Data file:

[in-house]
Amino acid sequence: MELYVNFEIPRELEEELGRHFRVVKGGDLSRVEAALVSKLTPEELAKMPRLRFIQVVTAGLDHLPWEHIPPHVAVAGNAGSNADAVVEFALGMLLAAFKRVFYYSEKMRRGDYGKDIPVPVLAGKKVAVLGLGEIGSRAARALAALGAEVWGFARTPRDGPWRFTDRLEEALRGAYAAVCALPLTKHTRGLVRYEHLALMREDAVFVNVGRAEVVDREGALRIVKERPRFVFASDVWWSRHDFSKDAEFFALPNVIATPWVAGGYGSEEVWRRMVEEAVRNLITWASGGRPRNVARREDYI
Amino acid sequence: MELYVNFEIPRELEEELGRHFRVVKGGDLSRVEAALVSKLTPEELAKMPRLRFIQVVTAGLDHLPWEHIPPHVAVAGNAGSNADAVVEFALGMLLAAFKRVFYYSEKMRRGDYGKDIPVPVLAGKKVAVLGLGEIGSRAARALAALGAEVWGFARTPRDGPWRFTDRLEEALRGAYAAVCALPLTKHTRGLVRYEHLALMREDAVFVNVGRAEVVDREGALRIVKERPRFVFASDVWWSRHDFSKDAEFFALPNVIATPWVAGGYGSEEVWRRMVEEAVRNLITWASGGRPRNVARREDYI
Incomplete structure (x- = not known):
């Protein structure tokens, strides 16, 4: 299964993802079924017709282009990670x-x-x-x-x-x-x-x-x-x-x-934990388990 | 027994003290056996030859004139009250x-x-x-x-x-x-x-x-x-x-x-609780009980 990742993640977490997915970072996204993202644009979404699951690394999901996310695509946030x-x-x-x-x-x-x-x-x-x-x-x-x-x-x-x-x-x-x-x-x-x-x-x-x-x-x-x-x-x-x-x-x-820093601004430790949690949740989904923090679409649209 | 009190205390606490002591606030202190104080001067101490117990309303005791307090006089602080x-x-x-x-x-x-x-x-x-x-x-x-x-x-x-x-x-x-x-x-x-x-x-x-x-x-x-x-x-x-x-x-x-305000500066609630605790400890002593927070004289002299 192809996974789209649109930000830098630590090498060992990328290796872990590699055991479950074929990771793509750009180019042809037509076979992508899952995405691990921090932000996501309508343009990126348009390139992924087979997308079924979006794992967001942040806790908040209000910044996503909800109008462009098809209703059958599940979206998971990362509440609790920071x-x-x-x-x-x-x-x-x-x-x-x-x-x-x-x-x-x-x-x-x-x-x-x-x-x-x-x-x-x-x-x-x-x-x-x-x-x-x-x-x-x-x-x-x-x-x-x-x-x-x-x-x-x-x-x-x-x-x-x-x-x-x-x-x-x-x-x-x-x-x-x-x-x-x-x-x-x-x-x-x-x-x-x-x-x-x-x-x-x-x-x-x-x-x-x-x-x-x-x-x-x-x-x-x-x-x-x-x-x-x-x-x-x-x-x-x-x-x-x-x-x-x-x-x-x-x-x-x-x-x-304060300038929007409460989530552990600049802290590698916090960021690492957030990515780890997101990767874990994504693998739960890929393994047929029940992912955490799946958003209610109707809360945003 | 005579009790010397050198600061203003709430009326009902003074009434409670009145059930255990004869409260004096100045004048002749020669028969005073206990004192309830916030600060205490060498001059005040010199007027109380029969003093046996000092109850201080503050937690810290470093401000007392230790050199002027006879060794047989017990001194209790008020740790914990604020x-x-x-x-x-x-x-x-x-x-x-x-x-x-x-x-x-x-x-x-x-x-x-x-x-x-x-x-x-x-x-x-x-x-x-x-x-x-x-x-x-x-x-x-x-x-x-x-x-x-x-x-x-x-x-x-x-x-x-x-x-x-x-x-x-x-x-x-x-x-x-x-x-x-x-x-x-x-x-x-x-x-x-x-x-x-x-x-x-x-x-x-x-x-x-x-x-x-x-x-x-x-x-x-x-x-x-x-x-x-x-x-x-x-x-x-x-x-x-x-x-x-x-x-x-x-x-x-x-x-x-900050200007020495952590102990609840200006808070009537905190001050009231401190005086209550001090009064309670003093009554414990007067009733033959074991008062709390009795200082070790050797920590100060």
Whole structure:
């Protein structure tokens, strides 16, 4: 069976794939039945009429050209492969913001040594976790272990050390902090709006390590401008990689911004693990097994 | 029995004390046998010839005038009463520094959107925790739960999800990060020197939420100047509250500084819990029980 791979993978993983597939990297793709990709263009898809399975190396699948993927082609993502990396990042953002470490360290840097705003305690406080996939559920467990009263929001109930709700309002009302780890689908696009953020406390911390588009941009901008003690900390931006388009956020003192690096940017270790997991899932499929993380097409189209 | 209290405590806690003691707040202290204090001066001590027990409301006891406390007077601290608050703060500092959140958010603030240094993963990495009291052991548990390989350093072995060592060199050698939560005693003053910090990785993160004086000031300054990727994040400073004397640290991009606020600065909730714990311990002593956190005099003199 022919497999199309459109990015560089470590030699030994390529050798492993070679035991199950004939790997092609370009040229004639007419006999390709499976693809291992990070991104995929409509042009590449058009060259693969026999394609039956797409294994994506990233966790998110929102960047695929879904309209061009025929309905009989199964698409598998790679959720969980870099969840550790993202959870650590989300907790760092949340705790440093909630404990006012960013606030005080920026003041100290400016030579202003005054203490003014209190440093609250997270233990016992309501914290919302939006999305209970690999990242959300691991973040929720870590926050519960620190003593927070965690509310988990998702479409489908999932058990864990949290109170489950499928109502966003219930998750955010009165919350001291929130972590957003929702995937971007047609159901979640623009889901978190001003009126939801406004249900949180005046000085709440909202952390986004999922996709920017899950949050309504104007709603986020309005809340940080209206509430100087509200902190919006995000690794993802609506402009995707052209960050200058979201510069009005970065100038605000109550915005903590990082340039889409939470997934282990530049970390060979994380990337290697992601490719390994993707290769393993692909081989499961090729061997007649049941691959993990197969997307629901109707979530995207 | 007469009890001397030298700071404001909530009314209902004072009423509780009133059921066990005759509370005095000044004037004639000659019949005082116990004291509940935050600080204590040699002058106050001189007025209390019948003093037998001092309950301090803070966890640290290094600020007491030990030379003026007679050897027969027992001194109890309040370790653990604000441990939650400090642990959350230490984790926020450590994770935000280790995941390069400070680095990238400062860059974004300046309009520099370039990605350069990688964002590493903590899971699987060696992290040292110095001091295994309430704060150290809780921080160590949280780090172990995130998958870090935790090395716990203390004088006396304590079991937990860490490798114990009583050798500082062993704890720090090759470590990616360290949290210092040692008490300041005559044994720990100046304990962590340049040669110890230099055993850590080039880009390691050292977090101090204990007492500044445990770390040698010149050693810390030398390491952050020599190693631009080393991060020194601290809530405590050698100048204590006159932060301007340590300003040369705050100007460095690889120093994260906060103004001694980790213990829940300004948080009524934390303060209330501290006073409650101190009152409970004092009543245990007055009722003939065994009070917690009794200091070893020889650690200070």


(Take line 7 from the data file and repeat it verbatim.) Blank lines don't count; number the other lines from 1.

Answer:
């Protein structure tokens, strides 16, 4: 069976794939039945009429050209492969913001040594976790272990050390902090709006390590401008990689911004693990097994 | 029995004390046998010839005038009463520094959107925790739960999800990060020197939420100047509250500084819990029980 791979993978993983597939990297793709990709263009898809399975190396699948993927082609993502990396990042953002470490360290840097705003305690406080996939559920467990009263929001109930709700309002009302780890689908696009953020406390911390588009941009901008003690900390931006388009956020003192690096940017270790997991899932499929993380097409189209 | 209290405590806690003691707040202290204090001066001590027990409301006891406390007077601290608050703060500092959140958010603030240094993963990495009291052991548990390989350093072995060592060199050698939560005693003053910090990785993160004086000031300054990727994040400073004397640290991009606020600065909730714990311990002593956190005099003199 022919497999199309459109990015560089470590030699030994390529050798492993070679035991199950004939790997092609370009040229004639007419006999390709499976693809291992990070991104995929409509042009590449058009060259693969026999394609039956797409294994994506990233966790998110929102960047695929879904309209061009025929309905009989199964698409598998790679959720969980870099969840550790993202959870650590989300907790760092949340705790440093909630404990006012960013606030005080920026003041100290400016030579202003005054203490003014209190440093609250997270233990016992309501914290919302939006999305209970690999990242959300691991973040929720870590926050519960620190003593927070965690509310988990998702479409489908999932058990864990949290109170489950499928109502966003219930998750955010009165919350001291929130972590957003929702995937971007047609159901979640623009889901978190001003009126939801406004249900949180005046000085709440909202952390986004999922996709920017899950949050309504104007709603986020309005809340940080209206509430100087509200902190919006995000690794993802609506402009995707052209960050200058979201510069009005970065100038605000109550915005903590990082340039889409939470997934282990530049970390060979994380990337290697992601490719390994993707290769393993692909081989499961090729061997007649049941691959993990197969997307629901109707979530995207 | 007469009890001397030298700071404001909530009314209902004072009423509780009133059921066990005759509370005095000044004037004639000659019949005082116990004291509940935050600080204590040699002058106050001189007025209390019948003093037998001092309950301090803070966890640290290094600020007491030990030379003026007679050897027969027992001194109890309040370790653990604000441990939650400090642990959350230490984790926020450590994770935000280790995941390069400070680095990238400062860059974004300046309009520099370039990605350069990688964002590493903590899971699987060696992290040292110095001091295994309430704060150290809780921080160590949280780090172990995130998958870090935790090395716990203390004088006396304590079991937990860490490798114990009583050798500082062993704890720090090759470590990616360290949290210092040692008490300041005559044994720990100046304990962590340049040669110890230099055993850590080039880009390691050292977090101090204990007492500044445990770390040698010149050693810390030398390491952050020599190693631009080393991060020194601290809530405590050698100048204590006159932060301007340590300003040369705050100007460095690889120093994260906060103004001694980790213990829940300004948080009524934390303060209330501290006073409650101190009152409970004092009543245990007055009722003939065994009070917690009794200091070893020889650690200070």